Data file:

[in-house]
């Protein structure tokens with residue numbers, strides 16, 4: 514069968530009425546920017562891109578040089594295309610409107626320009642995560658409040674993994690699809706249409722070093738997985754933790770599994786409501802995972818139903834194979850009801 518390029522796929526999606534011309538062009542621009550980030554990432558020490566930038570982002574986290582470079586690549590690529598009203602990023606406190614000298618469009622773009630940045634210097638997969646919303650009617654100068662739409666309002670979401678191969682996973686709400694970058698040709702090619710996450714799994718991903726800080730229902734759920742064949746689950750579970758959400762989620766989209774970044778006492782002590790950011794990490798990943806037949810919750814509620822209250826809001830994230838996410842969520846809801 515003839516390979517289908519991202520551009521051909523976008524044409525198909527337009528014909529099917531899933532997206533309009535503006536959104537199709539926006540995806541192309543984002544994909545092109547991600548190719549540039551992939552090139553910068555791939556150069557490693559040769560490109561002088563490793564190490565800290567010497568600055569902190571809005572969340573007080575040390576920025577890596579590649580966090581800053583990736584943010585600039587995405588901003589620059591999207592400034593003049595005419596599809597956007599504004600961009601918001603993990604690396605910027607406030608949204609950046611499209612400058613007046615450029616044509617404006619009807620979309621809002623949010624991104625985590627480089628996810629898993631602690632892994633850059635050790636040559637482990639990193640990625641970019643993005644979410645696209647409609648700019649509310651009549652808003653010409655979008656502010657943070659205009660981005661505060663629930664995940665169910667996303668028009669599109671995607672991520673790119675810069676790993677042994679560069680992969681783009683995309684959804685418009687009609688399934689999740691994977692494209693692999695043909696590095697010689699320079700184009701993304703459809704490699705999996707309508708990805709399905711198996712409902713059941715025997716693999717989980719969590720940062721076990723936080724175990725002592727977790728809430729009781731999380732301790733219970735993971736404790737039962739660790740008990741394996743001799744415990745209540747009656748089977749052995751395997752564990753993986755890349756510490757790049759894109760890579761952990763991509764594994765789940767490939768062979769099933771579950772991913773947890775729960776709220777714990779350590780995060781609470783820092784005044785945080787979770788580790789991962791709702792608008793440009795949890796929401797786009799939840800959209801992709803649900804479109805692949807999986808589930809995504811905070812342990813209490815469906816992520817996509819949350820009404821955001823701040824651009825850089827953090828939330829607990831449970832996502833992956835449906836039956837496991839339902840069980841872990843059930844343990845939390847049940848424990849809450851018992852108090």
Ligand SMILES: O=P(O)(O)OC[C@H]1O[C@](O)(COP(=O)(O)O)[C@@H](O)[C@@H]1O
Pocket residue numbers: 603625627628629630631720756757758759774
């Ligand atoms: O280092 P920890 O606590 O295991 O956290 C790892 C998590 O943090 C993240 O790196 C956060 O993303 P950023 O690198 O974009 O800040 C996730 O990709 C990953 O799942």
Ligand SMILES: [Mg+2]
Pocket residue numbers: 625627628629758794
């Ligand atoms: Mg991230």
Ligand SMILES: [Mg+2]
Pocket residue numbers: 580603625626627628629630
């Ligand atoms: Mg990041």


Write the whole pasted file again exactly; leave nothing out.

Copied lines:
[in-house]
């Protein structure tokens with residue numbers, strides 16, 4: 514069968530009425546920017562891109578040089594295309610409107626320009642995560658409040674993994690699809706249409722070093738997985754933790770599994786409501802995972818139903834194979850009801 518390029522796929526999606534011309538062009542621009550980030554990432558020490566930038570982002574986290582470079586690549590690529598009203602990023606406190614000298618469009622773009630940045634210097638997969646919303650009617654100068662739409666309002670979401678191969682996973686709400694970058698040709702090619710996450714799994718991903726800080730229902734759920742064949746689950750579970758959400762989620766989209774970044778006492782002590790950011794990490798990943806037949810919750814509620822209250826809001830994230838996410842969520846809801 515003839516390979517289908519991202520551009521051909523976008524044409525198909527337009528014909529099917531899933532997206533309009535503006536959104537199709539926006540995806541192309543984002544994909545092109547991600548190719549540039551992939552090139553910068555791939556150069557490693559040769560490109561002088563490793564190490565800290567010497568600055569902190571809005572969340573007080575040390576920025577890596579590649580966090581800053583990736584943010585600039587995405588901003589620059591999207592400034593003049595005419596599809597956007599504004600961009601918001603993990604690396605910027607406030608949204609950046611499209612400058613007046615450029616044509617404006619009807620979309621809002623949010624991104625985590627480089628996810629898993631602690632892994633850059635050790636040559637482990639990193640990625641970019643993005644979410645696209647409609648700019649509310651009549652808003653010409655979008656502010657943070659205009660981005661505060663629930664995940665169910667996303668028009669599109671995607672991520673790119675810069676790993677042994679560069680992969681783009683995309684959804685418009687009609688399934689999740691994977692494209693692999695043909696590095697010689699320079700184009701993304703459809704490699705999996707309508708990805709399905711198996712409902713059941715025997716693999717989980719969590720940062721076990723936080724175990725002592727977790728809430729009781731999380732301790733219970735993971736404790737039962739660790740008990741394996743001799744415990745209540747009656748089977749052995751395997752564990753993986755890349756510490757790049759894109760890579761952990763991509764594994765789940767490939768062979769099933771579950772991913773947890775729960776709220777714990779350590780995060781609470783820092784005044785945080787979770788580790789991962791709702792608008793440009795949890796929401797786009799939840800959209801992709803649900804479109805692949807999986808589930809995504811905070812342990813209490815469906816992520817996509819949350820009404821955001823701040824651009825850089827953090828939330829607990831449970832996502833992956835449906836039956837496991839339902840069980841872990843059930844343990845939390847049940848424990849809450851018992852108090």
Ligand SMILES: O=P(O)(O)OC[C@H]1O[C@](O)(COP(=O)(O)O)[C@@H](O)[C@@H]1O
Pocket residue numbers: 603625627628629630631720756757758759774
């Ligand atoms: O280092 P920890 O606590 O295991 O956290 C790892 C998590 O943090 C993240 O790196 C956060 O993303 P950023 O690198 O974009 O800040 C996730 O990709 C990953 O799942």
Ligand SMILES: [Mg+2]
Pocket residue numbers: 625627628629758794
């Ligand atoms: Mg991230």
Ligand SMILES: [Mg+2]
Pocket residue numbers: 580603625626627628629630
């Ligand atoms: Mg990041």